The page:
The Fresh Loaf

News & Information for Amateur Bakers and Artisan Bread Enthusiasts

Oven Spring

lylebrandt's picture

Oven Spring

I get very little oven spring. And I can't get a crisp crust. what ingredeants make this happen?


matthewf01's picture

Im definitely early on in my baking career but I do know that good oven spring comes from a few factors... first, your oven has to be hot enough. If you're baking on stone, give it more time than it takes for the oven to preheat, for your stone to soak up as much heat as possible... at least 30 min. (depends on thickness of course).

Second, adding steam to your oven helps to achieve better oven spring because it keeps the outside of the loaf moist enough that a crust doesn't begin to form, stopping the bread from any further growth and transformation. People have various ways of adding steam - hot stones in a cast iron skillet in the bottom of the oven, over which they pour water; misting the oven walls; misting the loaf; adding a pan of water to the oven during preheating; I even sometimes throw a shot glass of water on the oven floor of my electric oven (possibly unsafe, i dont know).


Finally, make sure you aren't over-proofing your loaf before it goes into the oven. If its overproofed, it will collapse when it goes into the oven and you won't get good browning on the crust. From what I understand this is due to the yeast consuming most of the sugars in the flour so there's nothing left to caramelize.

Broc's picture

Make sure you have enough water in the dough.

And -- google Sassafras cloche -- One of these things will solve all your problems... until you're advanced enough to want to experiment without the cloche.

The cloche keeps the moisture close to the dough -- much like what happens when there's injected steam.

It's magic!

Good luck!

~ Broc



ehanner's picture

It would help if you could tell us what you are doing now. Oven spring is the effect of the last activity of the yeast before it is killed off by high heat. The visual signs of spring might be reduced because you over proofed or because you didn't steam or spritz your dough. Or it could be the dough was dried on the surface and you didn't score deeply enough. Lots of possibilities.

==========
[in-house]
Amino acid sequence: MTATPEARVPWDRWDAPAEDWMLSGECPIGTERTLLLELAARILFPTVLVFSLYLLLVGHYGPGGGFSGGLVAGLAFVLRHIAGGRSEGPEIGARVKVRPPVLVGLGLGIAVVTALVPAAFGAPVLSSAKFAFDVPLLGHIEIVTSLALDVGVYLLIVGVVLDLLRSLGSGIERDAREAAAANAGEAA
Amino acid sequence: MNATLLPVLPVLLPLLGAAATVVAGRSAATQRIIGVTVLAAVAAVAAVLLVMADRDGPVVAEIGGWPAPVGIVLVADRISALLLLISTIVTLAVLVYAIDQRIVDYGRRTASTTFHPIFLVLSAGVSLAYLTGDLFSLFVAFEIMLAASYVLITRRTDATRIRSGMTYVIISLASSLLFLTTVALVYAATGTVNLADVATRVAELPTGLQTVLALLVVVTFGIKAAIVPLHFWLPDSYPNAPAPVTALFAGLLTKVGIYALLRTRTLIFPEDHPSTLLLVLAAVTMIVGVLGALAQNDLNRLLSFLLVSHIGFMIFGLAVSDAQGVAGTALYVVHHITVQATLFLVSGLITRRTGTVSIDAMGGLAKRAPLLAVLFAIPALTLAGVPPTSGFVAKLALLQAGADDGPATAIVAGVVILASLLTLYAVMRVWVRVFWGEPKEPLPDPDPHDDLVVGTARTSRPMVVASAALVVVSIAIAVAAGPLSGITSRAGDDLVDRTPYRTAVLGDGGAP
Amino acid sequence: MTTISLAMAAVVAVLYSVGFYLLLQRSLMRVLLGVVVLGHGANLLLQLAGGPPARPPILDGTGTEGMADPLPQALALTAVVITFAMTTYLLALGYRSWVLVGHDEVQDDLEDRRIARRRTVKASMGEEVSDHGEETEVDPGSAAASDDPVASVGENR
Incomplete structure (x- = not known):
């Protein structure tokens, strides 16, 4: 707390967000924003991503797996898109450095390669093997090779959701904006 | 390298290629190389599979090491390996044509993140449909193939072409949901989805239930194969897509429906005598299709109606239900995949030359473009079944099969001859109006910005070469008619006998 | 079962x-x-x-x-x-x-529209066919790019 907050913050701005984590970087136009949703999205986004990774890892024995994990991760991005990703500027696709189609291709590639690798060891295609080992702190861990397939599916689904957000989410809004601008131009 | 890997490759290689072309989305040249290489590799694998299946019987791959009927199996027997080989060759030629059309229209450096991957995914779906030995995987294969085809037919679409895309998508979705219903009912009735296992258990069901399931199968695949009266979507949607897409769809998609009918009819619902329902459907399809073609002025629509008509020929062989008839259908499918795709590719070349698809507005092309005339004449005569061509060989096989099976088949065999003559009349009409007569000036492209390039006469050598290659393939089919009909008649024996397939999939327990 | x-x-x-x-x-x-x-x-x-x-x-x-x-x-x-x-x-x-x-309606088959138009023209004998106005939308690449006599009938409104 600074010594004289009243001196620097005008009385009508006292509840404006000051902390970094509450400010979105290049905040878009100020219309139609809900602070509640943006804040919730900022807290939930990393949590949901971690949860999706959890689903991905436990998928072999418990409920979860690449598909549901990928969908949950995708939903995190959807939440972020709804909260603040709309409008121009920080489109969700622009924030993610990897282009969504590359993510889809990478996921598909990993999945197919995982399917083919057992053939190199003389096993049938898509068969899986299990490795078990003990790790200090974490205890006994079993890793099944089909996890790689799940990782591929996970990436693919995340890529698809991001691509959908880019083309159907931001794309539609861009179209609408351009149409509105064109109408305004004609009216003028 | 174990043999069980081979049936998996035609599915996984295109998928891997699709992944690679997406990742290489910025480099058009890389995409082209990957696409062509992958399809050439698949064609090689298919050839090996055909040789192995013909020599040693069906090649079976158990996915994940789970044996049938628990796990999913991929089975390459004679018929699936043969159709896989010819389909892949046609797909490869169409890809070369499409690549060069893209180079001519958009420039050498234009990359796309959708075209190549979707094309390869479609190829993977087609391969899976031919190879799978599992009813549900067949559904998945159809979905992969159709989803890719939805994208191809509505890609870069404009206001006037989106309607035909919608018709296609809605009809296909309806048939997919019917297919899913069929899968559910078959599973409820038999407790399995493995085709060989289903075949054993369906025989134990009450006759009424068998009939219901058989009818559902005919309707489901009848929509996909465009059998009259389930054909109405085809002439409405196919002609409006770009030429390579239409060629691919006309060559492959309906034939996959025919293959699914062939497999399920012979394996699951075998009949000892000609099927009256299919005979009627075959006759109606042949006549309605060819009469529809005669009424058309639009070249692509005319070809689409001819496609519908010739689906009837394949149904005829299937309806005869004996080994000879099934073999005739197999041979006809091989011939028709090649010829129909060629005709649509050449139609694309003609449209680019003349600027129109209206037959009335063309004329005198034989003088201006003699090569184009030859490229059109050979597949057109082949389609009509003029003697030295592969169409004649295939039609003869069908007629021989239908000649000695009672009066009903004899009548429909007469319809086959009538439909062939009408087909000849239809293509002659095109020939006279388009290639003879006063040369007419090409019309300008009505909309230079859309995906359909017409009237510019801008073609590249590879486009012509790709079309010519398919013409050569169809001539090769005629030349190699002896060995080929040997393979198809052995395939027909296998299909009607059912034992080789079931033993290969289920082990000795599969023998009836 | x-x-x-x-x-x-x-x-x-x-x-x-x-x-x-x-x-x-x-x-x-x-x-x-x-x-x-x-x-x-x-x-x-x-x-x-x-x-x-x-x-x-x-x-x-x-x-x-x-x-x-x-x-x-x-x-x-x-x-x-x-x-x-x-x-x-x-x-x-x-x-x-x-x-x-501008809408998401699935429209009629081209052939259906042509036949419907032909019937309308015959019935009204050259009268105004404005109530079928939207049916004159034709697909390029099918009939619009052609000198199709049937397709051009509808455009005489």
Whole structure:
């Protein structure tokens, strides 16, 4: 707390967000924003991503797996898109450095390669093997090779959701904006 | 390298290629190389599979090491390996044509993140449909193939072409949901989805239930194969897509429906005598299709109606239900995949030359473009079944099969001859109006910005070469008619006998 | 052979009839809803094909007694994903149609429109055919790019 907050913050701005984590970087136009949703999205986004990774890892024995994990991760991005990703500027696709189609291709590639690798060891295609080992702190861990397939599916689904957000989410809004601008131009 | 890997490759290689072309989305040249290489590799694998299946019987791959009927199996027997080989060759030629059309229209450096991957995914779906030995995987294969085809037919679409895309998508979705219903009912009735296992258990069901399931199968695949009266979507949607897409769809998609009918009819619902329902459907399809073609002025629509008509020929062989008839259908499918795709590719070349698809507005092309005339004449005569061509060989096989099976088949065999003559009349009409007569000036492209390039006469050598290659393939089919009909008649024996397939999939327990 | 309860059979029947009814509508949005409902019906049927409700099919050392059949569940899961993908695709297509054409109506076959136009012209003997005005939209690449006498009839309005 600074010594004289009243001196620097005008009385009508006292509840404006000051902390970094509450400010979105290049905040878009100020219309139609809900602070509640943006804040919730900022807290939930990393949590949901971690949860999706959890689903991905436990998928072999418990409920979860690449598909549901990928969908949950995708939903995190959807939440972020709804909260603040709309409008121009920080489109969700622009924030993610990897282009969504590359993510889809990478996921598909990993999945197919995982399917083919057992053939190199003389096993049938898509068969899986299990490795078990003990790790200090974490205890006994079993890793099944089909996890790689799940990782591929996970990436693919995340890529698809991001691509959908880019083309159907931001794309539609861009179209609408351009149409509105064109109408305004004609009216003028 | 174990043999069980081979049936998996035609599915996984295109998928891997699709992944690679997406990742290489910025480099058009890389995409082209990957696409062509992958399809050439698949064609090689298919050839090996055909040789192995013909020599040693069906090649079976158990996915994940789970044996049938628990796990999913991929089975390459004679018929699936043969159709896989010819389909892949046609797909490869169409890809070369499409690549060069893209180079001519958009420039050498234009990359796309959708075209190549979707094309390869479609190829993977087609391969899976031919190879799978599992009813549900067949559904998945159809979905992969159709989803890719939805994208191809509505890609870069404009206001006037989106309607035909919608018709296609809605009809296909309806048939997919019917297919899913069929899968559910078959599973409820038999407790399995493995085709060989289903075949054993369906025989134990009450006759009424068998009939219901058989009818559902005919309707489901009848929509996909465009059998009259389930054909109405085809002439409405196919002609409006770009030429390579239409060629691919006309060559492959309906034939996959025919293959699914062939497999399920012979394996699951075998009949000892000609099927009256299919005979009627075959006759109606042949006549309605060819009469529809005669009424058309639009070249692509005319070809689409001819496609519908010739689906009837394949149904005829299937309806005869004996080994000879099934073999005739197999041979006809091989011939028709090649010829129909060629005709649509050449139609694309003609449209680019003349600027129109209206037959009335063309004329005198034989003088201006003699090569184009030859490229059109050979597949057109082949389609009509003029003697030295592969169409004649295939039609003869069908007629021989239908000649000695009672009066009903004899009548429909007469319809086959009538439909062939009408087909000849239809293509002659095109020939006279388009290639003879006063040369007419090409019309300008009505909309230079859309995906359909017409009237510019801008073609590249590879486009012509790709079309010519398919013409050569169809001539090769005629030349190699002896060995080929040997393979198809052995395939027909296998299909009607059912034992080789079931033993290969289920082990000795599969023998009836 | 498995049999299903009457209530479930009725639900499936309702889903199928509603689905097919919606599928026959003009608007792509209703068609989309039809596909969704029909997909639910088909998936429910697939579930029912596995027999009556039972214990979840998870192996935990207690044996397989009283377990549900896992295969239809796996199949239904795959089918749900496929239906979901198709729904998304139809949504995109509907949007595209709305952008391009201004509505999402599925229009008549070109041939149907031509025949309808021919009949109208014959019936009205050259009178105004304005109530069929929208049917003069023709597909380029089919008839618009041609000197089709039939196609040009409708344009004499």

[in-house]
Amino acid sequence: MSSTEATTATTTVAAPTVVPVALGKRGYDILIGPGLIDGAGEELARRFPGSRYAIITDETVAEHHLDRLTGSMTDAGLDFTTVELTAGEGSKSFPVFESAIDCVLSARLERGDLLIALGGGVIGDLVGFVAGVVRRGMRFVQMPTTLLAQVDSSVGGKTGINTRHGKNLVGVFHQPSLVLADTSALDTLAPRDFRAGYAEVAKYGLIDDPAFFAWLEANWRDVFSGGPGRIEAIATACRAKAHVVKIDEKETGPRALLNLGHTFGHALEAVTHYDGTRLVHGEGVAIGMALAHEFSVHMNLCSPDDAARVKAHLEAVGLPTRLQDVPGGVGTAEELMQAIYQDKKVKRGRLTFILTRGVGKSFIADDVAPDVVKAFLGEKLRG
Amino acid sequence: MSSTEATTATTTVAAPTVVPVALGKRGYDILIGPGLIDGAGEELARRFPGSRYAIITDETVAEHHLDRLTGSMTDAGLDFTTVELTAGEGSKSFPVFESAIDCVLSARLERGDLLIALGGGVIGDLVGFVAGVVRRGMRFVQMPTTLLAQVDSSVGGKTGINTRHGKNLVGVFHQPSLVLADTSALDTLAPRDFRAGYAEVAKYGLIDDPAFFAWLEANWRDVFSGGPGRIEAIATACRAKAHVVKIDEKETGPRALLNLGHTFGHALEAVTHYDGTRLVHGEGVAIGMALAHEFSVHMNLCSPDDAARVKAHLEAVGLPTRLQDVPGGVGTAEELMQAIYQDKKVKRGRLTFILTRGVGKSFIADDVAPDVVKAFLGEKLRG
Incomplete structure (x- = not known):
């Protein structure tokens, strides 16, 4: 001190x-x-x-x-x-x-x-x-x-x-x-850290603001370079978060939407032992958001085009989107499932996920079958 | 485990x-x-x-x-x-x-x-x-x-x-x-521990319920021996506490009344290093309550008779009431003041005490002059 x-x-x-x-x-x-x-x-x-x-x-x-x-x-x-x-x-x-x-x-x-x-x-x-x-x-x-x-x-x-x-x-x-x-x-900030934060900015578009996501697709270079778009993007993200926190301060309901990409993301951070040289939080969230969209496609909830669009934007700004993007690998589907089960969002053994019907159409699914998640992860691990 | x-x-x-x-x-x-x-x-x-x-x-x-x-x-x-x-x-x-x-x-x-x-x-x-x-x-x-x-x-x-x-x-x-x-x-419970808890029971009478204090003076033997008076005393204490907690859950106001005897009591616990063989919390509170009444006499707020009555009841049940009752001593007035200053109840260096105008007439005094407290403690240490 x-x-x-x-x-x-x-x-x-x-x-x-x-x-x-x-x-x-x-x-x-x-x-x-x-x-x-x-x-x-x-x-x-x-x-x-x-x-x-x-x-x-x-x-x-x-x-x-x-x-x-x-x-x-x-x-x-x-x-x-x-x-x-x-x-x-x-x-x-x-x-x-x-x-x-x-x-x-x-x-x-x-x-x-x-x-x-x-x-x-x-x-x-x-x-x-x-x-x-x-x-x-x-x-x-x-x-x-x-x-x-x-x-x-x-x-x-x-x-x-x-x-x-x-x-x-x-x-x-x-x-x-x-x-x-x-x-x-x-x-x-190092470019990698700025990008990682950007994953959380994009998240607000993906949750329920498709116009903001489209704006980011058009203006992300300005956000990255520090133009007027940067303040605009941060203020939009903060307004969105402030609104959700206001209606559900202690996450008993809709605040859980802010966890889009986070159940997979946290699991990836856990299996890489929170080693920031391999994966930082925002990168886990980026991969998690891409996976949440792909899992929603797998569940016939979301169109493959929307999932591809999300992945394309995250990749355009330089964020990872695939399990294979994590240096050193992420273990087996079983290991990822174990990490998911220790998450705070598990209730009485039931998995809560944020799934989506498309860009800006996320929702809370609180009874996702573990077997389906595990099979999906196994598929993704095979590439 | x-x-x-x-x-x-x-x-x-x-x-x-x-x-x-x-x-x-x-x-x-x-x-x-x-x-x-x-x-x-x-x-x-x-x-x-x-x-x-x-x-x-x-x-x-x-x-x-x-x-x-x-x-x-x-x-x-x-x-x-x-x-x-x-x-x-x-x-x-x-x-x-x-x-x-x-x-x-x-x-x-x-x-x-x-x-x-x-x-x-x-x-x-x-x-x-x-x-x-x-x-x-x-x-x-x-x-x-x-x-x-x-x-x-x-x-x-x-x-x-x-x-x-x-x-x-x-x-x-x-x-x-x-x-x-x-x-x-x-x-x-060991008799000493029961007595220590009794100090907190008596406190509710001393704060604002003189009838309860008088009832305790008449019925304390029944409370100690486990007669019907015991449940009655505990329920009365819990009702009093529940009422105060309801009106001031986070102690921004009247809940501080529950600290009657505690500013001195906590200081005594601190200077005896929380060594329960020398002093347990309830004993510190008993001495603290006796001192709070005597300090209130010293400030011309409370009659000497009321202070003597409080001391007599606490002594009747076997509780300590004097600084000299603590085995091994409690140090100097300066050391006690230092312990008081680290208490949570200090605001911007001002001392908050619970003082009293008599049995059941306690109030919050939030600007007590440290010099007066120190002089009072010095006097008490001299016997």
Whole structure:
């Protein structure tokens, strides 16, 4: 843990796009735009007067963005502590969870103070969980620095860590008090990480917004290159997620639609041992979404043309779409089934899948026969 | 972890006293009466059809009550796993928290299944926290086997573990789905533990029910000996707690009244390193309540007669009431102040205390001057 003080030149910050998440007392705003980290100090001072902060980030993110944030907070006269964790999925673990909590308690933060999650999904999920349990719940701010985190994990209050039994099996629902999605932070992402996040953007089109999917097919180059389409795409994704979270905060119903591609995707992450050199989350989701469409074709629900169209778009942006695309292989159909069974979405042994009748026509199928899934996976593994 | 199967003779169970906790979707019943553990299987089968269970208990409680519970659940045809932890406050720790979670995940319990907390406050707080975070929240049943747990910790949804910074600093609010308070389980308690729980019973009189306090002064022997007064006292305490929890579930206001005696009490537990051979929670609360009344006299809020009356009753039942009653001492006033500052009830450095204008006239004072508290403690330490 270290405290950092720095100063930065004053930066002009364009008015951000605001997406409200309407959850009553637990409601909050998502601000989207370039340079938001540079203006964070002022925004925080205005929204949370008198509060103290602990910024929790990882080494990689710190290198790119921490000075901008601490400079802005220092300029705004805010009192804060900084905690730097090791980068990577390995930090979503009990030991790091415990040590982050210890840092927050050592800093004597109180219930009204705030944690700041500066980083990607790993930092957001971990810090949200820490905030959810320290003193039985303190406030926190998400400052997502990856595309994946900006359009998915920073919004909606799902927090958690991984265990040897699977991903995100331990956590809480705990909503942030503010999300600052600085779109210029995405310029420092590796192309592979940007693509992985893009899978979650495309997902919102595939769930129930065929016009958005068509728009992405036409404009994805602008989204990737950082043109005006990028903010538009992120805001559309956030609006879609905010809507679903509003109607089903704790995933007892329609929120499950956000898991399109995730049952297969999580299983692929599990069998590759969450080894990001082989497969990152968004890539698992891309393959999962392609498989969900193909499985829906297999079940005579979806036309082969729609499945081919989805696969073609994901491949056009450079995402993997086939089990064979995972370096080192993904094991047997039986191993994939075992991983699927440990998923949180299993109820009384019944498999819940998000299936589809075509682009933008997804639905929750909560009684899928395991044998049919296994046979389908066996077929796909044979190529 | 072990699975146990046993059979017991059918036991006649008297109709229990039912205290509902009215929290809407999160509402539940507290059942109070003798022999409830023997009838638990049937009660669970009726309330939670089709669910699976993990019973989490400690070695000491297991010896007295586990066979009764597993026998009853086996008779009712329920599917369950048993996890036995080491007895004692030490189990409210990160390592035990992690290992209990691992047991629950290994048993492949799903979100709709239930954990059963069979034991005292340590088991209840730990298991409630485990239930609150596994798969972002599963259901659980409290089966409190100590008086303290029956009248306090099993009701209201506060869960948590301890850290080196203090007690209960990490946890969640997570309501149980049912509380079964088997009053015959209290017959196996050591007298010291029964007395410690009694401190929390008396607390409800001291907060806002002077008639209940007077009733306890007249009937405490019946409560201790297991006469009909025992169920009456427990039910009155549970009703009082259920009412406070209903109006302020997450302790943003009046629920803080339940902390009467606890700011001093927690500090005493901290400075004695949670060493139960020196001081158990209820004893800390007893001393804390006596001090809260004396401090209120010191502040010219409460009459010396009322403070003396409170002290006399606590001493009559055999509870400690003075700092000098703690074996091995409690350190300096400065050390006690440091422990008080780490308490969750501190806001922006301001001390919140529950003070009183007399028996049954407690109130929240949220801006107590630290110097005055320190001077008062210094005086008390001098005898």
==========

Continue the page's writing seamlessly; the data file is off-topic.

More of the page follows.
The crispy crust can be some of the same issues as above. In general higher heat, steaming and then allowing the bread to dry in the final phase of baking will improve the crust.

If you want a specific answer, please give us a recipe you are following and the procedure you are following and I'm sure someone can help you further.


jdunivan's picture

We were talking about this on another thread but you might consider trying a cold oven start. I score my bread really deep and it comes out like I needed to score it deeper. Great spring.

The thread I was talking about:

BTW I have done this with Honey oatmeal and a simple sourdough white. My only attempt at using this with whole wheat looked perfect on the outside but doughy in the middle. Haven't had the chance to try again to see if it was something I did wrong.

lylebrandt's picture

I really like peter rienharts hole wheat extrodinair. I sway from reciepy qwit often (Wild rice, American cheese chucks, Onions  the dough is always very hydrated and sticky my pizza dough is very hard to work my caibbta is easier and my extrodinary is sticky. I use lots of water for moist crumb. (Wife's advise) I mist inside of oven 2-3 times at  400 deg lower temp finish baking. always use a stone.  I have had my proof calapse on the way to oven or when I slash. I have a simple proofing box. that I put a small pan of hot water in, water condenses on proof in side, this shows I have to have 100% humidity moist enviorment. From feed back Im getting I must be over proofing When you bake 5-6 loves a cool oven start Isn't possiable or a oven cool.

Soory about spelling I havn't found spell check yet

neoncoyote's picture

I'm relatively new at this sport -- got started in October, oven went out at Christmas, and I used a new oven yesterday -- and had the process down really well until my loves didn't have much spring yesterday. I assumed it was because the dough appeared a little more hydrated than usual, and after proofing in baskets, they seemed to spread before I put them in the oven. All other factors being the same -- ambient temperature, amount of yeast used, oven hot enough, baking stone, steam -- could slight over-hydration (and subsequent spread during proofing) be the reason for poor oven spring? Or should I be looking at another factor? Thanks!

dmsnyder's picture

If you have developed your gluten well and formed the loaves well and have not over-proofed and are baking on a pre-heated stone and steaming your oven ... high-hydration doughs should have more oven spring than low-hydration doughs.

If you are having a problem, providing your recipe and procedures and photos would help us solve your problem.